Is everyone tasting at Neudorf?
by Thor Iverson
New Zealand’s South Island is largely devoid of people. (Lots of sheep, though.) And its population is mostly clustered around a few cities: Christchurch, Dunedin, Invercargill…and can one even call Queenstown a city? Which means that even in the midst of “civilization,” solitude is a constant companion.
The Nelson region is deceiving in this regard, because it feels thickly-settled…especially along the coast. Yet the apparent density turns out to be relatively porous, quickly petering out in the agricultural valleys, forested hillsides, and mountains. Only the geographically limited confines of Nelson itself show any real concentration of people, and even then the only real effect is occasional difficulty finding a place to park.
It’s also true that wine country towns are usually little more than villages. In the New World, wine has such a cosmopolitan, urbane reputation that it’s too easy to forget that much of the best of it is made by farmers in the most traditional sense; farmers with a deeper connection to their land and their grapes than to the teeming hordes that buy their wines. Stylized “wine country” tourism is dismaying because it fools the wine drinker into a disconnect between wine’s source and its retail presentation, much like many city dwellers seem unaware that the plastic-wrapped rib chops on their table came from the fluffy lambs capering across a country hillside. That disconnection is what leads to the abuses of industrial agribusiness, and in the oenological world it pumps up the profits of mega-corporate wine conglomerates and their ubiquitous supermarket dreck.
Sorry. Where was I? Oh, yes: empty South Island. Wine country villages. And then there was a rant. Anyway, the point is that there’s not much here in Mapua.
No, really. That was the point. Trust me.
Under a big, blue sky, with a peaceful inlet of strikingly blue water slowly receding with the tide, we picnic in the heart of Mapua’s bustling waterfront commercial district. There must be, oh, at least two or three people within sight, and half of the four visible businesses are open for commerce. A few birds flit by, and we hear the occasional “plop” of a fish. I tell you, the noise in these urban areas is oppressive. Can’t a guy enjoy a quiet picnic without all this din?
With high-quality hare rillettes and venison sausage (both made by Philippe Meyer in Christchurch), we drink another memory, this from a visit only a week old, but already starting to fade from immediacy:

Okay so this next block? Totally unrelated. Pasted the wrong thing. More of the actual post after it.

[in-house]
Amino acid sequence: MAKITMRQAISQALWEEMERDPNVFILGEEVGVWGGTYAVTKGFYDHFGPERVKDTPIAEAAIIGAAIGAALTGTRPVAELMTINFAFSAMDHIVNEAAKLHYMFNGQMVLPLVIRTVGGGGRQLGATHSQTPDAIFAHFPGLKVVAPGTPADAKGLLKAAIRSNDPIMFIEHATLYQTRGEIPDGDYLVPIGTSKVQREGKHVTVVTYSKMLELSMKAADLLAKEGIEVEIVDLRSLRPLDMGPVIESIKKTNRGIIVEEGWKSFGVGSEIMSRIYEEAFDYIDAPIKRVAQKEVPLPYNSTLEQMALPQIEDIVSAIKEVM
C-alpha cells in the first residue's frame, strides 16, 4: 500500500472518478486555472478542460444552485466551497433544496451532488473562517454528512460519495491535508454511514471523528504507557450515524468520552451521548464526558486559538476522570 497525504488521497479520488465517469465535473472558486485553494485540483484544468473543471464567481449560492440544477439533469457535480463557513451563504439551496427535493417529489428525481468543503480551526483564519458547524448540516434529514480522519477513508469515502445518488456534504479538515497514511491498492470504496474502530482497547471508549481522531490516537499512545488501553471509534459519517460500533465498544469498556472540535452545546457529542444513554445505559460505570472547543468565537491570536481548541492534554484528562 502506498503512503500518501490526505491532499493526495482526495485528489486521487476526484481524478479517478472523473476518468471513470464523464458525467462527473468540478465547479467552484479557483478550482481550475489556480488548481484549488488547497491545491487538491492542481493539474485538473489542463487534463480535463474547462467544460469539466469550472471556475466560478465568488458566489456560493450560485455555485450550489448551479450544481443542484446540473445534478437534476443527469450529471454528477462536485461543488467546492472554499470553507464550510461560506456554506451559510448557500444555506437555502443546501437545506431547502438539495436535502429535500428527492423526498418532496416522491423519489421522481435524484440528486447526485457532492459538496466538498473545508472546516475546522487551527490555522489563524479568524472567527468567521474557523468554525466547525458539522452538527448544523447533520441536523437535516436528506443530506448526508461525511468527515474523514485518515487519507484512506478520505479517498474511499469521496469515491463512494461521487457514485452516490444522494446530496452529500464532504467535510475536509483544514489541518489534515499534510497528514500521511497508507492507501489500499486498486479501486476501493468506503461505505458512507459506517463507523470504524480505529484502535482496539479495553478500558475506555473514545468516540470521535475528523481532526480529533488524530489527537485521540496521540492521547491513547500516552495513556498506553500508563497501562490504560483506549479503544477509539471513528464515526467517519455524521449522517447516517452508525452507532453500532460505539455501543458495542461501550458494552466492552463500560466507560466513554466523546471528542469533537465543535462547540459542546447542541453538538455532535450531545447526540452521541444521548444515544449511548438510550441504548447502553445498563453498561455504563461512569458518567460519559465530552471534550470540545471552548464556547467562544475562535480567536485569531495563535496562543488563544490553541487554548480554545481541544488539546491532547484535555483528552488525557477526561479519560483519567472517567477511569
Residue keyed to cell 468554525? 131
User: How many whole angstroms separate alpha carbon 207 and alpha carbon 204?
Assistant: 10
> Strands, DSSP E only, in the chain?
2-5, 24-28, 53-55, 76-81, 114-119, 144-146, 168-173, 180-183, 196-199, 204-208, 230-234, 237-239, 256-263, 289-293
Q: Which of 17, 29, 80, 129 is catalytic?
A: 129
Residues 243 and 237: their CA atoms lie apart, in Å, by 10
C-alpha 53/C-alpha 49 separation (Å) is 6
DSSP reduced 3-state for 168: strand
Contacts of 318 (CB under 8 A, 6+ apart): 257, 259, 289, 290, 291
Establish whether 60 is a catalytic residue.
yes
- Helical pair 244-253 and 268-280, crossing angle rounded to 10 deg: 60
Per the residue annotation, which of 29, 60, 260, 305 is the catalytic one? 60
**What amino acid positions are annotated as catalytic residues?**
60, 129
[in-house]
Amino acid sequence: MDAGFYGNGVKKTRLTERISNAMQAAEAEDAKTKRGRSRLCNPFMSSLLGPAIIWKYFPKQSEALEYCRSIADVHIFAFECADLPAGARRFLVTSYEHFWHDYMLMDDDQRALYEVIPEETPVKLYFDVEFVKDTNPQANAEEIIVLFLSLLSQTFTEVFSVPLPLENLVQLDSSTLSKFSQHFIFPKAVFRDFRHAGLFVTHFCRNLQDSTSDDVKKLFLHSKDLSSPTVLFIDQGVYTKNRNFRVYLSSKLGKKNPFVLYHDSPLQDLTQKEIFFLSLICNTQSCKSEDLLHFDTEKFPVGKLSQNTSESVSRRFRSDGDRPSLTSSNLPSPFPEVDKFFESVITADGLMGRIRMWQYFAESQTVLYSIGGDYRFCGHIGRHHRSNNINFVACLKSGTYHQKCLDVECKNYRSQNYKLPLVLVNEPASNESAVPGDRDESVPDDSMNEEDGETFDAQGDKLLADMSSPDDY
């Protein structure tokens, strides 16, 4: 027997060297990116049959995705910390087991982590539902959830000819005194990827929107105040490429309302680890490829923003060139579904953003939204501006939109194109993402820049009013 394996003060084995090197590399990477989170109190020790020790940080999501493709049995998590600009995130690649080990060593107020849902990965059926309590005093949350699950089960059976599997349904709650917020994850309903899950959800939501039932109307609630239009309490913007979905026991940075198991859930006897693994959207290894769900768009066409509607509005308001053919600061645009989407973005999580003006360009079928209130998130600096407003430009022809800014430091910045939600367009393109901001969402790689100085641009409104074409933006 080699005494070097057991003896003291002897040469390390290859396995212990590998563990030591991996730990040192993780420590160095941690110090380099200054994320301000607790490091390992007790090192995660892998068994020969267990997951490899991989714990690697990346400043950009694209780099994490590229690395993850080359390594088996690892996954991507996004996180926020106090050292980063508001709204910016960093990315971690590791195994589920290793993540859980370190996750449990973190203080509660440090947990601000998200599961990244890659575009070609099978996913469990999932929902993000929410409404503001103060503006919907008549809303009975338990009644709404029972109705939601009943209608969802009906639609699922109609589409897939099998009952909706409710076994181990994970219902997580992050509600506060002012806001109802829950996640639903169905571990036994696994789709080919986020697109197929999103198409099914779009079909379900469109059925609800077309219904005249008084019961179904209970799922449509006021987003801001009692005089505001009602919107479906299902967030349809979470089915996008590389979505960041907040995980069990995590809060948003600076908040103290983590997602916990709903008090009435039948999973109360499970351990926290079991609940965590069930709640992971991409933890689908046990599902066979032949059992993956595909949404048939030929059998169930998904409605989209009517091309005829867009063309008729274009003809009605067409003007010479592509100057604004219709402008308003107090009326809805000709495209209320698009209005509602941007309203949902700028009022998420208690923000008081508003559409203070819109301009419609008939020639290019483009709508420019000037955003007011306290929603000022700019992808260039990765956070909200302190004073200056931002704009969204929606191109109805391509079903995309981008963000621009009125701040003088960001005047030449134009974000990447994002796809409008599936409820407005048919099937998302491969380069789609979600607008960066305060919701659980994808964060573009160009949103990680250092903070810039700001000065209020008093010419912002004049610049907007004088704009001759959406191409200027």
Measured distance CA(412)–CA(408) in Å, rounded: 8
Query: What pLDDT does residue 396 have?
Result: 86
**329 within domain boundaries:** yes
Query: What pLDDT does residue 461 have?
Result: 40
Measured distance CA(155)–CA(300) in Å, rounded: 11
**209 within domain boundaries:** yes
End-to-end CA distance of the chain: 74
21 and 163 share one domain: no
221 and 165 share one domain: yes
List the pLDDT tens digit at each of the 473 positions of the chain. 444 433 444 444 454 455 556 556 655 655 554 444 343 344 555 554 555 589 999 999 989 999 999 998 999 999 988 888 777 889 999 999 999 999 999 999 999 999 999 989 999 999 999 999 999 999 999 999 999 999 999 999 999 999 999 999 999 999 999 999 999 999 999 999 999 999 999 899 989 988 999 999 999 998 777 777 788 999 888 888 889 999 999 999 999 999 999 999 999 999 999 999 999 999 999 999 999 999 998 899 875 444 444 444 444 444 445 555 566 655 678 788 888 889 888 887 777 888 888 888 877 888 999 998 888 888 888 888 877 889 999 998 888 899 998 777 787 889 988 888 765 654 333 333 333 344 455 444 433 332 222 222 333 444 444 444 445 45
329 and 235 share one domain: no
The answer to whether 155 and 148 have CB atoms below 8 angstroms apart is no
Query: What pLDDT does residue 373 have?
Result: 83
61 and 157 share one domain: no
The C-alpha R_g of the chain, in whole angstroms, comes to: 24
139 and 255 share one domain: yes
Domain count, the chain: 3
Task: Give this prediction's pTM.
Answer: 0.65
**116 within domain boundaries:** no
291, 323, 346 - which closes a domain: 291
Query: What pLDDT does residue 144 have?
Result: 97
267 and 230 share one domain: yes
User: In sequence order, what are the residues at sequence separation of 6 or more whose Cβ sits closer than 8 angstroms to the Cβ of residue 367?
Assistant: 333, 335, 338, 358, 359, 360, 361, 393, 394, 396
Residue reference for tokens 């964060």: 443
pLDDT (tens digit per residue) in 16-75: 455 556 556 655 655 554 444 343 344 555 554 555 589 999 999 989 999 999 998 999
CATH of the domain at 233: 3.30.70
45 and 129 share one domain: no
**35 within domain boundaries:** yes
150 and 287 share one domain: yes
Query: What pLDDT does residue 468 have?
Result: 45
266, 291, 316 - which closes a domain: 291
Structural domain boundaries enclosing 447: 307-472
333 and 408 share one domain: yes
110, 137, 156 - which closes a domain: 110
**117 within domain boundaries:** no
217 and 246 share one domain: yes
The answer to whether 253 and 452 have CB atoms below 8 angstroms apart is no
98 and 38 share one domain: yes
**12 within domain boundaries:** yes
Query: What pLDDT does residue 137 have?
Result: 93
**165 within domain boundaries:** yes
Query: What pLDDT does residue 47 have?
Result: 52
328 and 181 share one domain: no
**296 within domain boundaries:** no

Peregrine 2004 Pinot Gris (Central Otago) – Ripe and lush, with fine spiced pear and flaky minerality. Round and rich, yet medium-bodied thanks to lingering acidity. The finish is quite lovely. This is probably the best pinot gris we’ve tasted on this trip.
After a most satisfying midday respite, we drive to a winery that’s open for drop-in visitors, but that was absolutely impenetrable while trying to set up an in-depth visit. Neudorf represents a branch of Nelson winemaking royalty, having garnered a great deal of praise as a local quality leader. And not just local; I’ve seen more of their wines in the States than anyone else from Nelson. Still, they are reputed to be somewhat difficult to reach, so while I’m disappointed, I’m not particularly surprised.
Our tasting is conducted by a serious young man, who pours quickly and with little ceremony, but who answers every question with confident brevity. There are quite a few people around – the winery’s reputation does precede it – and some are enjoying full pours on a nearby patio. It’s possible that the entire population of Mapua is visiting this winery…
Neudorf 2004 Sauvignon Blanc (Nelson) – Green peas and other Kermit-tinged vegetables, spicy gooseberry, and white plum. More crisp than rich, but not in an entirely appealing way. A misstep.
Neudorf 2003 Chardonnay (Nelson) – Mercaptans and butter, followed by much more appealing orange and tangerine, with a bright and balanced finish. This isn’t doing all that well at the moment, but a little time might help.
Neudorf 2004 Merlot Rosé “Kina” (Nelson) – Medium-weight blueberry and raspberry. Fruity, soft, and fluffy. Not at all serious, and it occurs to me that I’ve never had a rosé of merlot that I’ve much liked.
Neudorf 2003 Pinot Noir (Nelson) – Made from younger vines. Mineral-infused (mostly graphite), with strawberry, raspberry, and nicely crisped apple. Excellent balance. For fun, good quality drinking over the near term, this satisfies.
Neudorf 2003 Pinot Noir (Moutere) – Reductive and tight, with leafy earth tones and waves of beautiful graphite. Very structured and narrow up front, but it grows on the palate, showing strawberries inside a smooth velvet interior. The finish is even more expressive, bringing spiced grapes and spicier black cherries in an ever-expanding blend. Beautifully balanced and ageable…in fact, it needs age.
Neudorf 2003 “Botrytis Selection” Riesling (Nelson) – 100 grams of residual sugar. Wet and shy, with lime, grapefruit, and light minerality. And then, it builds. It’s OK now, but the length and subtle concentration of the finish suggest an improved future.
Excepting the rosé, which (perhaps incorrectly) I don’t view as serious, it’s a fine lineup except for that indecorous sauvignon blanc. Another rumor we’ve heard during our time here is that Neudorf is slipping, though the reasons are unconfidently speculated upon. I haven’t tasted previous vintages comprehensively enough to judge that rumor either way, and we also don’t get to taste the top-of-the-line pinot noir (no real shock, as it’s expensive and limited in quantity).. But I do know that what they’re actually pouring is of very high quality, with a certain confident professionalism infusing everything.
Copyright © Thor Iverson.